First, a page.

Home is where your heart is …
This drawing – pencil and then outlined with ink pens – is inspired by the different houses that I have lived in during my 32 years of life on this planet.
Via Curinello: I lived in my parent’s house (top left corner) for the first 19 years of my life, since 1986. From time to time, between adventures, I return there and it’s always a strange mix of different feelings. Even though my deepest fears often resurface when I am there, there is also this unbelievable sense of safety or protection, particularly at night. I spent my childhood and my adolescent years there. This is that place that will always be what I call Home. This is the one that I did not get to choose.
Casa dello Studente: Next, to my first home. The first place where I have decided to live. It is the first student accommodation that I lived in. I spent most of my time in Perugia, 5 and an half years. I probably had the best moments of my life there, including personal growth and loads of fun. I started uni after a terrible incident were I almost died in 2005. When I finally made it to the city I was really lost. But the city and the people that I met throughout the years gave me a new life and in turn I became a new me. Perugia has been my runaway for all that has come in the last years of my life, like a new beginning.
Bishop Mede / Smithfield: On the top right corner, a representation of the two houses that I stayed in, in Dublin, during my break between my Bachelor’s and Master’s Degree. It was the first time ever where I bought a one way ticket with only two things in mind. To improve my English and get some experience. It was the year of 2009. Ireland was going through a massive recession but I didn’t care, I just went there. Got a job as a waiter, fell in love with a girl but as always I was too scared of my own feelings and decided to hide them with other stuff. In Bishop Mede I shared a room with a guy from Sri Lanka. Other flatmates were from Brazil and France. In Smithfield, I ended up living with a couple (Spanish and German) and at the end two more Italians but that was not an issue as by then I had a circle of friends.
Rue de l’Aubepine: Toulouse – France. That was during 2010 – 2011, the whole experience can be described with one simple word. ERASMUS!!! Didn’t spend much time in the house but it was a blast! First few months were not amazing due to the uncertainty of my scholarship. But once it was confirmed, I finally unleashed the “raver” that was harbouring inside me. Sleep, eat, rave then repeat was the mantra of most of my weekends. I did few exams at the private school that I was sent to and I also did an internship with an association that was setting up “Eco-Toilets” at various festivals. The accommodation was arranged by the institute. Above me and my flatmate (from Finland) there was an elderly French couple, they were so lovely and they used to invite us for lunch. They wanted us to get the full French experience when in reality, their sons were never visiting them.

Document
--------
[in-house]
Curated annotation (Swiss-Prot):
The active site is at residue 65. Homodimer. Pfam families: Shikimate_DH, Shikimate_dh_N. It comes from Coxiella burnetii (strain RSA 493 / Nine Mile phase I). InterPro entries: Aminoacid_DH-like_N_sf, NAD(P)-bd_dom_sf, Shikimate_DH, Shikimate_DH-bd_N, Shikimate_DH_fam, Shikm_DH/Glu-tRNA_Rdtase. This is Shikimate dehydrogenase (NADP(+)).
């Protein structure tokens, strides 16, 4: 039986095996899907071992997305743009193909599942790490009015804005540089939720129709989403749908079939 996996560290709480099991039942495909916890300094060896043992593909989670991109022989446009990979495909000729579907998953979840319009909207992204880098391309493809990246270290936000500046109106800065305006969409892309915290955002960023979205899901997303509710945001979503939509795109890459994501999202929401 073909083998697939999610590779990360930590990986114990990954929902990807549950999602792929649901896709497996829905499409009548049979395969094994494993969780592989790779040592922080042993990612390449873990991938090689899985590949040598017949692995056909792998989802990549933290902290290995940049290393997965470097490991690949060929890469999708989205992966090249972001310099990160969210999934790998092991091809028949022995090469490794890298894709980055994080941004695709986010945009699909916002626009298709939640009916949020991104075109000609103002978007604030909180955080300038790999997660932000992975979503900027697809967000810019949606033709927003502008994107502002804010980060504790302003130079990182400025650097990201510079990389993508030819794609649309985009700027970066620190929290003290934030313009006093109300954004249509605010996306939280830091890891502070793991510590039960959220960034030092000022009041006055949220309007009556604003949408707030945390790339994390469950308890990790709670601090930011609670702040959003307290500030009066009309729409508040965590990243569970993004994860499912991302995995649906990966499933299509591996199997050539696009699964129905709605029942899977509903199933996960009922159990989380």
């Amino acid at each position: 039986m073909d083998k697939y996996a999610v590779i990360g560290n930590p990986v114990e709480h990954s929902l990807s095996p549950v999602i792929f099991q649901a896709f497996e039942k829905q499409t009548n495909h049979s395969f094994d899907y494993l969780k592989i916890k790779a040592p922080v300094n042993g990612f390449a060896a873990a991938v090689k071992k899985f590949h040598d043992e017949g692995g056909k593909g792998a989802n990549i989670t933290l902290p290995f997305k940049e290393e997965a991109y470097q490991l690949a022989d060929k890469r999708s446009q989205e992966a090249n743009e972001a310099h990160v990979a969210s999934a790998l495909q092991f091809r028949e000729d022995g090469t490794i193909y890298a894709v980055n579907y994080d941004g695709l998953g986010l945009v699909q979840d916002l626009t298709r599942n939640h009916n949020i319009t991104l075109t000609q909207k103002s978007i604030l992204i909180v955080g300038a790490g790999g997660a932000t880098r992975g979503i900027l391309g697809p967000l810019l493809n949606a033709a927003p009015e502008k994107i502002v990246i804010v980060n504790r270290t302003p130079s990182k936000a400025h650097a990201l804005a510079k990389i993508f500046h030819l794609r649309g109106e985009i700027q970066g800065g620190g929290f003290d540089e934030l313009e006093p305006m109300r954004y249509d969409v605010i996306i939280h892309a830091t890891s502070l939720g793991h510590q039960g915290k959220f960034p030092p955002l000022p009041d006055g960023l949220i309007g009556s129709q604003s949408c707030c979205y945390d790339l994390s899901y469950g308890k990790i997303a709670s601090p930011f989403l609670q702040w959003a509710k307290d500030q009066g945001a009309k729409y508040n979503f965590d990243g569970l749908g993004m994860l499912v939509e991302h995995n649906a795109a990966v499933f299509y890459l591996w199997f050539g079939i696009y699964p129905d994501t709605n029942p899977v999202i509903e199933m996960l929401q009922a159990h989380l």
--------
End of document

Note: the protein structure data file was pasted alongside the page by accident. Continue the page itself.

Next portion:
Resorts and boats: For a while I worked as a holiday rep. First in Crete, 2008 then in Rhodes, 2010 (both Greek islands). I did it again in Marsa Alam, Egypt, 2012. I moved there and worked on the Nile River Cruises. All of these experience were brief but they have forever been impressed on my mind.
Bordon Walk, Hornsey Road, Arne House, Mossington Gardens, Lambert Road, High Road: I lived in all these houses since I moved to London in 2012. At first, because of the economic uncertainty, I went for a shared room after spending an awful week in a hostel in King’s Cross. I met a guy on the plane to London (yet again a one way ticket). In his hotel I encountered an Italian luggage porter who gave me the number of a person whom I rented my first room from. The second one was only for myself. I rented the whole flat with a Spanish colleague, her sister and one of his friends. Although we found it online, we had an issue after we moved in and I had to use all my southern Italian criminal charm to threaten the agency that I would have organised a squat party and demolished the property if she was not to give us the furniture promised. Arne House was the first and only time that I lived in Zone 1 – Vauxhall. Great area but not so cool flatmate. The house also didn’t have any common areas, apart from kitchen and bathroom. But because there was no dining table, I had to have my meals in my bedroom and could not invite people for dinner. I then ended up in Mossington Garden through a dear friend who was leaving London for good and asked me if I wanted to rent her room. I then moved to the never sleeping Brixton. I rented a flat that some friends had rented previously for 5 and something years. After the Brixton experience I finally managed to live on my own in a tiny studio flat in High Road.
Home is where your heart is, is that true?
Yes, otherwise how could I have survived all these changes without my heart?
It is amazing how human beings adapt to new places and creates new “homes”. It’s part of our survival instinct.